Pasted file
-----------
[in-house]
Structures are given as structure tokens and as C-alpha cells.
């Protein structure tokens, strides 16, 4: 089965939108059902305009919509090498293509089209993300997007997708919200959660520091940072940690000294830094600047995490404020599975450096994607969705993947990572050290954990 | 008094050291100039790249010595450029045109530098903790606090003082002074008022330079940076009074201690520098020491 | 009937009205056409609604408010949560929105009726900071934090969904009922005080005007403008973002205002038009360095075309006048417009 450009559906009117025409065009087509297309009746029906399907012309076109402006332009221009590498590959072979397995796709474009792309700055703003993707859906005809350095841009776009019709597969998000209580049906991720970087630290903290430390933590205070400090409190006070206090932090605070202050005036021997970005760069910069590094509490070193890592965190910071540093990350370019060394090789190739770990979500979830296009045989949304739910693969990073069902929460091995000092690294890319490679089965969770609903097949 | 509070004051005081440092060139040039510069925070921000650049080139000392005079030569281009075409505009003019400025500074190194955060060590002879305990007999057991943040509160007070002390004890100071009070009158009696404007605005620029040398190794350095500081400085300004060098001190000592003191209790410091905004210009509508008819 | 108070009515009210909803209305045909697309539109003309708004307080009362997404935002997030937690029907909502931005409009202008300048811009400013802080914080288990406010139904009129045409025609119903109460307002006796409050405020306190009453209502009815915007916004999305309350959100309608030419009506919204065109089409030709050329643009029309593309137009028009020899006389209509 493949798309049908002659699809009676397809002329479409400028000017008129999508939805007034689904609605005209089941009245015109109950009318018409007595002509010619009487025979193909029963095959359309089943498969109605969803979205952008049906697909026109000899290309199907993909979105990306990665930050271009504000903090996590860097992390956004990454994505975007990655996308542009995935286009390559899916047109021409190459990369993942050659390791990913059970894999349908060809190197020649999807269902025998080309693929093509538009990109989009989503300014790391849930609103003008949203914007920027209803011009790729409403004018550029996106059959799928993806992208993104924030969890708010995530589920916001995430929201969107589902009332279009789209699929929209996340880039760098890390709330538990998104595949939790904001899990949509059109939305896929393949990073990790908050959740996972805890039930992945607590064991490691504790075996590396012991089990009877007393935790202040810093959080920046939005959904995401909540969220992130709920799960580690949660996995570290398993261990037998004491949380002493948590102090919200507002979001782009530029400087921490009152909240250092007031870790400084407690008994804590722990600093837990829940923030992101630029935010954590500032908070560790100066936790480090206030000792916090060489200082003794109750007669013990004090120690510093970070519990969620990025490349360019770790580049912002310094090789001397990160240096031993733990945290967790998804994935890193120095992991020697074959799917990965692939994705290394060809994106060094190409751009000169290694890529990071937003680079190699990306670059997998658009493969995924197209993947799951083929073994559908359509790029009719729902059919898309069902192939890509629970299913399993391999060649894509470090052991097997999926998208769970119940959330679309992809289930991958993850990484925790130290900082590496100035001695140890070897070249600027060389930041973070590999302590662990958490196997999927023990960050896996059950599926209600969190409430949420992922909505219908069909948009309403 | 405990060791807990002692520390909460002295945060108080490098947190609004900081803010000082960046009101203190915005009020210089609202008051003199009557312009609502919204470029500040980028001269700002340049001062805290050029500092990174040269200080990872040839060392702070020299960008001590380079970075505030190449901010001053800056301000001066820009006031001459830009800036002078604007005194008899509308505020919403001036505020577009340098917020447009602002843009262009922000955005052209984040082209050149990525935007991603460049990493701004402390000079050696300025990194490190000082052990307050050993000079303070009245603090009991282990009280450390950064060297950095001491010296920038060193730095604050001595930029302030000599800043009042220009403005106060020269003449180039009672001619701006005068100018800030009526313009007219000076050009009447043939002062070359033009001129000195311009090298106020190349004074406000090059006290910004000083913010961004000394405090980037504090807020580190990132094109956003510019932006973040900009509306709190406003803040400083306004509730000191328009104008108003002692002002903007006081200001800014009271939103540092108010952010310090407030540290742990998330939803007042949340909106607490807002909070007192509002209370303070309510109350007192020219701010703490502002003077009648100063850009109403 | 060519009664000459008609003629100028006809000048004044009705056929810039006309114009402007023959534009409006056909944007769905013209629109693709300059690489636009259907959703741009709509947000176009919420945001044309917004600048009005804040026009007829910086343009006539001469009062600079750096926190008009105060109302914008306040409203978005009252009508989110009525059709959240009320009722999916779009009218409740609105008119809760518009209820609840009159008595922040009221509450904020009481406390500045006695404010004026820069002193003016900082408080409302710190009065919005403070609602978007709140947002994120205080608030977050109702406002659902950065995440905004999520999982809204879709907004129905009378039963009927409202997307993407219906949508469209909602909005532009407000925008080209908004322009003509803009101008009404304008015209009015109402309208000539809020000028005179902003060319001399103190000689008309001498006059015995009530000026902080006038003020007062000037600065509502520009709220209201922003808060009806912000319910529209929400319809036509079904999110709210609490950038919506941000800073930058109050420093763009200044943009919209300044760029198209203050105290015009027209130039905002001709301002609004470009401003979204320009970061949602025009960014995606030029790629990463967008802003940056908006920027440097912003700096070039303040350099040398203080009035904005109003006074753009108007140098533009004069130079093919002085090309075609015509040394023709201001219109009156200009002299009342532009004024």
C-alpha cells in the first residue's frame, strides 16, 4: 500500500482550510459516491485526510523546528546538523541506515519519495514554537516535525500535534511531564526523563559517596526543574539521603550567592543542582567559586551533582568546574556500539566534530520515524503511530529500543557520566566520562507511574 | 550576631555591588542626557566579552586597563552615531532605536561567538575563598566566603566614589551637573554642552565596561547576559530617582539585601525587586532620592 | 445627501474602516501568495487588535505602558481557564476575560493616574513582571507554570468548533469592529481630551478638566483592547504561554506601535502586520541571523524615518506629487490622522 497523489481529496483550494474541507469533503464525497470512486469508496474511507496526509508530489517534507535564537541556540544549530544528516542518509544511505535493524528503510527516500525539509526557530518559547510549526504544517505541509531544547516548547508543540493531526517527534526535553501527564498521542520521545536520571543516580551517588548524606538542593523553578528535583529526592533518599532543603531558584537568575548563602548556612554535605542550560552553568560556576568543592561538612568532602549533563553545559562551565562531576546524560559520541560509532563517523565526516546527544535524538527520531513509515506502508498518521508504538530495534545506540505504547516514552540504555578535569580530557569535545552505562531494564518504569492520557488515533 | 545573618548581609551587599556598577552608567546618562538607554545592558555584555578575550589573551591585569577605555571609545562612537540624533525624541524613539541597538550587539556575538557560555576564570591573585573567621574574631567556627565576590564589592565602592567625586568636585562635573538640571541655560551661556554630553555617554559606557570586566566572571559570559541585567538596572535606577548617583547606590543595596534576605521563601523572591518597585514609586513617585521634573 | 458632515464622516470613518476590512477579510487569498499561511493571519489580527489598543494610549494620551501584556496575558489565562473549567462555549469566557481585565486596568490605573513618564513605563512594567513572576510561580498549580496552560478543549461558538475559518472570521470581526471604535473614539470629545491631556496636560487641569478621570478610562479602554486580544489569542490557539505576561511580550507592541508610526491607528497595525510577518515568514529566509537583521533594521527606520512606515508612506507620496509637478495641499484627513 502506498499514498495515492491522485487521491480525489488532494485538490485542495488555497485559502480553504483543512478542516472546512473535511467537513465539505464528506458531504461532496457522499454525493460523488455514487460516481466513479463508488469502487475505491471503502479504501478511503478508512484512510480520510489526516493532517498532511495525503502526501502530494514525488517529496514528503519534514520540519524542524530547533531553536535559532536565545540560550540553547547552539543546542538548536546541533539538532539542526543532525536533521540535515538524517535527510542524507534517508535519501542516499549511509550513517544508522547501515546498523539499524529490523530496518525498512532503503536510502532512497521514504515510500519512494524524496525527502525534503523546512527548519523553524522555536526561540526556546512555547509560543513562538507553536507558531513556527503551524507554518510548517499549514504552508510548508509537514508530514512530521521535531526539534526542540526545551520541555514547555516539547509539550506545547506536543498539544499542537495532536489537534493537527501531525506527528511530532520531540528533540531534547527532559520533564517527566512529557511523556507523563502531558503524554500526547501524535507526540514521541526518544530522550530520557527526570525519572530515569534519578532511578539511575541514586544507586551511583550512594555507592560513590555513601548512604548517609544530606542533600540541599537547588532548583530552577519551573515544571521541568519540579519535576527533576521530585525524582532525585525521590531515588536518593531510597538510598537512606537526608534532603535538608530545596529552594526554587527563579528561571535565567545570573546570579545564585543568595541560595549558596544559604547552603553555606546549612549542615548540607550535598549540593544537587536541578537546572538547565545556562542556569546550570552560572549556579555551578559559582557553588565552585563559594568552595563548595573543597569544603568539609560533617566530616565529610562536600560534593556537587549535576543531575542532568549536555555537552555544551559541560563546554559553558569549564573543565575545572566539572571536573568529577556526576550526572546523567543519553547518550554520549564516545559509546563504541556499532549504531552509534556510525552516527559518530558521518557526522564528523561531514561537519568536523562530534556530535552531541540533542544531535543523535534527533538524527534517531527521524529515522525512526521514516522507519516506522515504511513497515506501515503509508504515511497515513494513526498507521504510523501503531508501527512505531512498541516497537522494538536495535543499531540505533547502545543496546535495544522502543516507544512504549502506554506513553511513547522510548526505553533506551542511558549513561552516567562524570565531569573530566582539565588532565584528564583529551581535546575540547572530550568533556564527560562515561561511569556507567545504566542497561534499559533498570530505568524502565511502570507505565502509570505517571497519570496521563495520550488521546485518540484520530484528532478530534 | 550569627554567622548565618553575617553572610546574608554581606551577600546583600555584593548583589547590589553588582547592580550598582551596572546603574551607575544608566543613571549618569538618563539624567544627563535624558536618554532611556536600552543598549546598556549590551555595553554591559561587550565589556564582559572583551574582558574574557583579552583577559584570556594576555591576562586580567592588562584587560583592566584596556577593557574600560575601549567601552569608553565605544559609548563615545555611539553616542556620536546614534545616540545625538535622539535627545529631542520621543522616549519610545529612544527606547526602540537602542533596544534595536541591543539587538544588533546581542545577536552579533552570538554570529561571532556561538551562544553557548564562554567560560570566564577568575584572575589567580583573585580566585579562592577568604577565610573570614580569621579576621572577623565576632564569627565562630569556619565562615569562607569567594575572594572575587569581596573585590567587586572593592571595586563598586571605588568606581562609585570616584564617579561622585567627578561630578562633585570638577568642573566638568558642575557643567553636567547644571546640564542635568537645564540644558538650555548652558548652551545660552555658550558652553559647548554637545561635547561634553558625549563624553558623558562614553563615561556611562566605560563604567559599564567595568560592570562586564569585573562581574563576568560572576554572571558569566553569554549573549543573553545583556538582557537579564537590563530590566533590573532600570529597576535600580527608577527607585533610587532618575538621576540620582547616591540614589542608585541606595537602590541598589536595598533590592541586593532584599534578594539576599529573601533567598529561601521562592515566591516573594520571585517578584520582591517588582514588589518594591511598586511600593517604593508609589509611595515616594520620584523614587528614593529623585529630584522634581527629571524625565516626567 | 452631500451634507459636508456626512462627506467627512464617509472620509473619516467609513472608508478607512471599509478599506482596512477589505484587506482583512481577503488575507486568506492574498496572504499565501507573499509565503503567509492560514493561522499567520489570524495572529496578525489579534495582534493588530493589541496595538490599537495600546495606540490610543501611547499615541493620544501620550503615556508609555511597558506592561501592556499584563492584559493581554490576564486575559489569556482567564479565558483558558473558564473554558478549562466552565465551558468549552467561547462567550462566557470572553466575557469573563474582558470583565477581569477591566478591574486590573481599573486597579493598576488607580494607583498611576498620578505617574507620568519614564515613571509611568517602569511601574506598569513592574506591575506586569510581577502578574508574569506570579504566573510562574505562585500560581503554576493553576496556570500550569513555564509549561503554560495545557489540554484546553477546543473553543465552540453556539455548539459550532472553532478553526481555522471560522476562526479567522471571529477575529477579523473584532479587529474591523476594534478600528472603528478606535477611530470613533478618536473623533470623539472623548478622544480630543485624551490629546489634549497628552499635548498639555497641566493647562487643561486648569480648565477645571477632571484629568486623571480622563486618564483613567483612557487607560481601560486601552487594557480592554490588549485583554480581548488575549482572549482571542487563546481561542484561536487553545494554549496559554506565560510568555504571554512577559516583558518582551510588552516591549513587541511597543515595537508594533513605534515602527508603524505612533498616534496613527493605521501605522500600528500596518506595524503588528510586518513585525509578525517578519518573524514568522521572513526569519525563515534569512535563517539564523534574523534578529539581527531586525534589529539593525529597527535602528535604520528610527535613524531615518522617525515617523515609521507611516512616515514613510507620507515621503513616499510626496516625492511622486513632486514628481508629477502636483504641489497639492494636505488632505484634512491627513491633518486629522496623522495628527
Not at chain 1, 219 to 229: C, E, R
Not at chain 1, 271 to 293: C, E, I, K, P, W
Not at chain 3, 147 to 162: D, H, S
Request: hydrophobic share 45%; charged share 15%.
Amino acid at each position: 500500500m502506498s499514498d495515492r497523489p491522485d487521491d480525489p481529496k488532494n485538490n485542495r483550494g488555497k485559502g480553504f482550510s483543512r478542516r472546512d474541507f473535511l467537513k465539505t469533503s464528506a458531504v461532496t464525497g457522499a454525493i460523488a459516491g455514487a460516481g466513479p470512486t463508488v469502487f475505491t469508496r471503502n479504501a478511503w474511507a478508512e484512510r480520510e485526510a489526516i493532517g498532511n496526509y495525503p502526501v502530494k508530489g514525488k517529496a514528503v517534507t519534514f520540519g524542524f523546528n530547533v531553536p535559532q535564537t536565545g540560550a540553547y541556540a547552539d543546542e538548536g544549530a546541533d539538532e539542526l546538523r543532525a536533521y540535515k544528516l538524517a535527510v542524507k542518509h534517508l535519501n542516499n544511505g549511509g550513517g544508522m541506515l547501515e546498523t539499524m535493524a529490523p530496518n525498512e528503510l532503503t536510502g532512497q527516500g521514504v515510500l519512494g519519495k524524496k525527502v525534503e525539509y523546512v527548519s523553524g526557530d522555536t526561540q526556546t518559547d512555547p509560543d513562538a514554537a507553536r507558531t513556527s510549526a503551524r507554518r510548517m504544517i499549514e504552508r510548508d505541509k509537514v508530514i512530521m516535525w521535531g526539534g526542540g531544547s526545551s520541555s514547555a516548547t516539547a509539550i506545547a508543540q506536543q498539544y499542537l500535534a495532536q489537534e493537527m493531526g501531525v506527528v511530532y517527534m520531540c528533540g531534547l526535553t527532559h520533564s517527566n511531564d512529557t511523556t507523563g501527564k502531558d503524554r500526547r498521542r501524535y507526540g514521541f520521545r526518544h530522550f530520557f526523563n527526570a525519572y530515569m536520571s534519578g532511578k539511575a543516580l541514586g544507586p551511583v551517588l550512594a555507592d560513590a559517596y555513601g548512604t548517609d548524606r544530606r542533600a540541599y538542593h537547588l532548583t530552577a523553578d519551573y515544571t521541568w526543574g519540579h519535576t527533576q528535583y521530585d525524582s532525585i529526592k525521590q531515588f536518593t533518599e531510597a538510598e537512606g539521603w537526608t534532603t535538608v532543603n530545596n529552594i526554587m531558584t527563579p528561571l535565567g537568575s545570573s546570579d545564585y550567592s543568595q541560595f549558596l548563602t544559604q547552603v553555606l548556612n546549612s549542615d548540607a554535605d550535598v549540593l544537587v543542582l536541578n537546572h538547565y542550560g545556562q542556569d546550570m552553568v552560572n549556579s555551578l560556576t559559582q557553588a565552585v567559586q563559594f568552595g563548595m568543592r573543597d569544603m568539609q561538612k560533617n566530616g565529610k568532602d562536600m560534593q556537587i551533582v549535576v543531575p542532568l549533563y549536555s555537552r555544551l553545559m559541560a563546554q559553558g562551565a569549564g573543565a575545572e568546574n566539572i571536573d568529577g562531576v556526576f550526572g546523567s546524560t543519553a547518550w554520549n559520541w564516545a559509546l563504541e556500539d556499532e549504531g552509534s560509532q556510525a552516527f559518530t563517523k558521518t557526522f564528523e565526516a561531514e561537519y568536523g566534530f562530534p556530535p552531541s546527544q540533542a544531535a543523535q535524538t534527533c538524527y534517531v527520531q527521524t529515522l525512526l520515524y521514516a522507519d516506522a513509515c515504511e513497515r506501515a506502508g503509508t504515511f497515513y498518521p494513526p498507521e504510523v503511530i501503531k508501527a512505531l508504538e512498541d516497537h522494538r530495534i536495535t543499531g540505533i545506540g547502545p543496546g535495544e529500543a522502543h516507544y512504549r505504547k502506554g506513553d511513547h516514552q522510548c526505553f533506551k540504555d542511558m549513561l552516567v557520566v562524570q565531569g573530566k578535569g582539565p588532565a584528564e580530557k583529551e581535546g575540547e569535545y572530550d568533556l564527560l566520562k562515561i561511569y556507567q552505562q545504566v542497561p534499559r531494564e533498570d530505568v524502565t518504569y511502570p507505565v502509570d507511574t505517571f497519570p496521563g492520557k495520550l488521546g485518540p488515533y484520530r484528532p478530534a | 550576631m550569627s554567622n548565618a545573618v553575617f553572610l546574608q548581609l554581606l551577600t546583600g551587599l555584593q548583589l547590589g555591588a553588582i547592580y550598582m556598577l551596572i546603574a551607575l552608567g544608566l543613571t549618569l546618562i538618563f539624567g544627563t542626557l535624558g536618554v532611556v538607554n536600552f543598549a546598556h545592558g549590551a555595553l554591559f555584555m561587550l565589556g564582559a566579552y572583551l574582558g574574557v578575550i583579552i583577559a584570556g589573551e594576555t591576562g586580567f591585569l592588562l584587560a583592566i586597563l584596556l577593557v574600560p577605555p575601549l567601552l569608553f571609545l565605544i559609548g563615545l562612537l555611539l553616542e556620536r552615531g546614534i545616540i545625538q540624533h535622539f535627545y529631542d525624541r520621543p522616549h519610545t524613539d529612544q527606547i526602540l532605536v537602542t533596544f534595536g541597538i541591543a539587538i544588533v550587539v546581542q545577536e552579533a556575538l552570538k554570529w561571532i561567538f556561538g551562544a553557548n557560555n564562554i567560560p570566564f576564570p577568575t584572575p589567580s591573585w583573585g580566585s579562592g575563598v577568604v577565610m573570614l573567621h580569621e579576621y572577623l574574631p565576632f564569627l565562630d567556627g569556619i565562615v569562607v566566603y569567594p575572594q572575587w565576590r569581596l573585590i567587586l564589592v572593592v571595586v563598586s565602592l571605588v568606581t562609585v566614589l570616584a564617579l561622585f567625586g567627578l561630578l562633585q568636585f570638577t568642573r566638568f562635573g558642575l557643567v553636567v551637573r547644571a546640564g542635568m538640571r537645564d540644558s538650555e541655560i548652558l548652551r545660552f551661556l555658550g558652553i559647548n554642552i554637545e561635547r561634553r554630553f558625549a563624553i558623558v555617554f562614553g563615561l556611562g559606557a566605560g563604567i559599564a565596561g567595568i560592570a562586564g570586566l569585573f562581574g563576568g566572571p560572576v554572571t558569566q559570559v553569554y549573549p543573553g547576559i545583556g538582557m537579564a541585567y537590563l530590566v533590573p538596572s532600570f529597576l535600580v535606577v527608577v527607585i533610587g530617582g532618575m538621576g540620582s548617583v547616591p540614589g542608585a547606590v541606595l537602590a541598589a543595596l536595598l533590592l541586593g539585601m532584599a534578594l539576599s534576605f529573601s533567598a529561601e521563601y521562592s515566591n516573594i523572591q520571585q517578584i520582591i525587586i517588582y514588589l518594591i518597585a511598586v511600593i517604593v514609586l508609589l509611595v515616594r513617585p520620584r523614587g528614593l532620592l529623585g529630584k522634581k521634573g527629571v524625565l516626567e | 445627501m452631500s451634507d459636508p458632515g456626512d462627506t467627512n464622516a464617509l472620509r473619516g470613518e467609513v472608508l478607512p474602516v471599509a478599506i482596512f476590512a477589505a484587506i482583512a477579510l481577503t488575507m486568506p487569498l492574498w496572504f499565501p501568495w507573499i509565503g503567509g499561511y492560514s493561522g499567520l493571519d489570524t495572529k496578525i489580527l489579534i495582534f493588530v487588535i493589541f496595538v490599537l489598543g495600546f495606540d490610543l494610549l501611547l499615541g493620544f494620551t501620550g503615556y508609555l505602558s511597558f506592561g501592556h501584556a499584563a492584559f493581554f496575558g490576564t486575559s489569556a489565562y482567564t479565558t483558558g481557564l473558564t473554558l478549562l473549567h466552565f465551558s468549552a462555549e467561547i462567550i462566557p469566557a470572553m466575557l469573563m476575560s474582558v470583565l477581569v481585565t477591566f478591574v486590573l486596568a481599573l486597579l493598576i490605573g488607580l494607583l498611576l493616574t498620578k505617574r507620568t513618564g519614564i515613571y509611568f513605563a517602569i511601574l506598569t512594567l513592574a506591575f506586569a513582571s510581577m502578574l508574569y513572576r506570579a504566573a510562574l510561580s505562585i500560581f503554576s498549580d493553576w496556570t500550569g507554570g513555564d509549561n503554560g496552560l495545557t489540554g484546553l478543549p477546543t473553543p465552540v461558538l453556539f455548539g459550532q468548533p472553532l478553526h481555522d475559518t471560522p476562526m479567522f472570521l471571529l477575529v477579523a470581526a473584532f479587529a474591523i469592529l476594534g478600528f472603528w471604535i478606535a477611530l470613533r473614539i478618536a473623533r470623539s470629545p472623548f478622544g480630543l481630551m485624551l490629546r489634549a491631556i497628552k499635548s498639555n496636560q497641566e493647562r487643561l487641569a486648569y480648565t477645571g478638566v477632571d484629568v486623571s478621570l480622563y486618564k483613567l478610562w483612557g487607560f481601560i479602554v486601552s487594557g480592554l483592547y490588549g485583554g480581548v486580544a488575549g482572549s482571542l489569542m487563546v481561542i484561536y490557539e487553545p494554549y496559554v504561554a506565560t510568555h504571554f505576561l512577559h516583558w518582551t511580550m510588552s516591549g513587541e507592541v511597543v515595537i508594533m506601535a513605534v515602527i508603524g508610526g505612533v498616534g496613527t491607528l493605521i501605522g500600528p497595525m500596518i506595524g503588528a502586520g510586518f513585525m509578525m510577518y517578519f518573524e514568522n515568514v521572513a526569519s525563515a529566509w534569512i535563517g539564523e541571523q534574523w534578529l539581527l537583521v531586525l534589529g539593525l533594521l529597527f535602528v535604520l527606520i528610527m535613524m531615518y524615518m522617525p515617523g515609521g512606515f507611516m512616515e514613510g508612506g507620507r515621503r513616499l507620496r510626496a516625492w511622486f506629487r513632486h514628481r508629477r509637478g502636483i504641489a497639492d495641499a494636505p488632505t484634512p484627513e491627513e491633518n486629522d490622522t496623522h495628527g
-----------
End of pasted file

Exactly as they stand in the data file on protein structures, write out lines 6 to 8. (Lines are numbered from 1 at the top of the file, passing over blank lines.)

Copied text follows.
Not at chain 1, 271 to 293: C, E, I, K, P, W
Not at chain 3, 147 to 162: D, H, S
Request: hydrophobic share 45%; charged share 15%.